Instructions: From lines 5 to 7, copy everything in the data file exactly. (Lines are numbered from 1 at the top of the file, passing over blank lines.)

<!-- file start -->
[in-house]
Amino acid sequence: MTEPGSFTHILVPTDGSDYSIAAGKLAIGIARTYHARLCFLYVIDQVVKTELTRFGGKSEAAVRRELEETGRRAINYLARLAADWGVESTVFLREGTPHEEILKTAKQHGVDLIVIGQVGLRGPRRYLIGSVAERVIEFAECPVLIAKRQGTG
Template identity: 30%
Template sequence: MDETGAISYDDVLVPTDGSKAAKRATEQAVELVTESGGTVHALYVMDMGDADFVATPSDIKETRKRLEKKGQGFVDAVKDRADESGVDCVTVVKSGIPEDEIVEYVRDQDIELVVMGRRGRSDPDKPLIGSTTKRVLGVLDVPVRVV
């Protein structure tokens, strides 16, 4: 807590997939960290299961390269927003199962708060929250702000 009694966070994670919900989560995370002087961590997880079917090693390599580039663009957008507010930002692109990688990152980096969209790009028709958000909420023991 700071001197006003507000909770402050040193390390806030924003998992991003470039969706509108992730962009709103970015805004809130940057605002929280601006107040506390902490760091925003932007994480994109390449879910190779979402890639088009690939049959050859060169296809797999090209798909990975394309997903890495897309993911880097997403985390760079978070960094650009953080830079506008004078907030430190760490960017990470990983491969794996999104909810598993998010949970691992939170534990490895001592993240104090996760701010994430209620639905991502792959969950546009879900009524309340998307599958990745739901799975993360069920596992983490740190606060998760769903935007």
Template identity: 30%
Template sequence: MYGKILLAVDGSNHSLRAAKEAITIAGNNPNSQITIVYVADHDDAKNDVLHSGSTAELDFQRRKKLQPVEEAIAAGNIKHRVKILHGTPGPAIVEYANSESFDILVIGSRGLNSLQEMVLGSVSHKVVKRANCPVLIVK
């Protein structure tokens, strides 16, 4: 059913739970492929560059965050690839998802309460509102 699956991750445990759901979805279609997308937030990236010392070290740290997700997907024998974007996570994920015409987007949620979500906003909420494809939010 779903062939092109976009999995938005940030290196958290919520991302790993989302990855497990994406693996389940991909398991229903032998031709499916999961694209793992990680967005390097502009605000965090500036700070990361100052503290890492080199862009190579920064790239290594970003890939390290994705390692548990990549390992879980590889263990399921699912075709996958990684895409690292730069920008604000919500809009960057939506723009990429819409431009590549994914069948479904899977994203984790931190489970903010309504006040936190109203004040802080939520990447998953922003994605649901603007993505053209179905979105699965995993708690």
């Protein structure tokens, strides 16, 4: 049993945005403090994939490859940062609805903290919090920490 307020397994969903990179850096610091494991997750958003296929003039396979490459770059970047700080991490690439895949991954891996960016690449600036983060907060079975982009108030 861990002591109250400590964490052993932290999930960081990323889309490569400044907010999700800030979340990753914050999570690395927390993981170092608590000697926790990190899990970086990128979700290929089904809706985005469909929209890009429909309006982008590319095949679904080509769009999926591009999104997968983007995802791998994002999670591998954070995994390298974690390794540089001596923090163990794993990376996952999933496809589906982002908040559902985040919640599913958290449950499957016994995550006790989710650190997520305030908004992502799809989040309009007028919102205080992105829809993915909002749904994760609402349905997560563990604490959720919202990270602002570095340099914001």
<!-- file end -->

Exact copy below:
């Protein structure tokens, strides 16, 4: 807590997939960290299961390269927003199962708060929250702000 009694966070994670919900989560995370002087961590997880079917090693390599580039663009957008507010930002692109990688990152980096969209790009028709958000909420023991 700071001197006003507000909770402050040193390390806030924003998992991003470039969706509108992730962009709103970015805004809130940057605002929280601006107040506390902490760091925003932007994480994109390449879910190779979402890639088009690939049959050859060169296809797999090209798909990975394309997903890495897309993911880097997403985390760079978070960094650009953080830079506008004078907030430190760490960017990470990983491969794996999104909810598993998010949970691992939170534990490895001592993240104090996760701010994430209620639905991502792959969950546009879900009524309340998307599958990745739901799975993360069920596992983490740190606060998760769903935007």
Template identity: 30%
Template sequence: MYGKILLAVDGSNHSLRAAKEAITIAGNNPNSQITIVYVADHDDAKNDVLHSGSTAELDFQRRKKLQPVEEAIAAGNIKHRVKILHGTPGPAIVEYANSESFDILVIGSRGLNSLQEMVLGSVSHKVVKRANCPVLIVK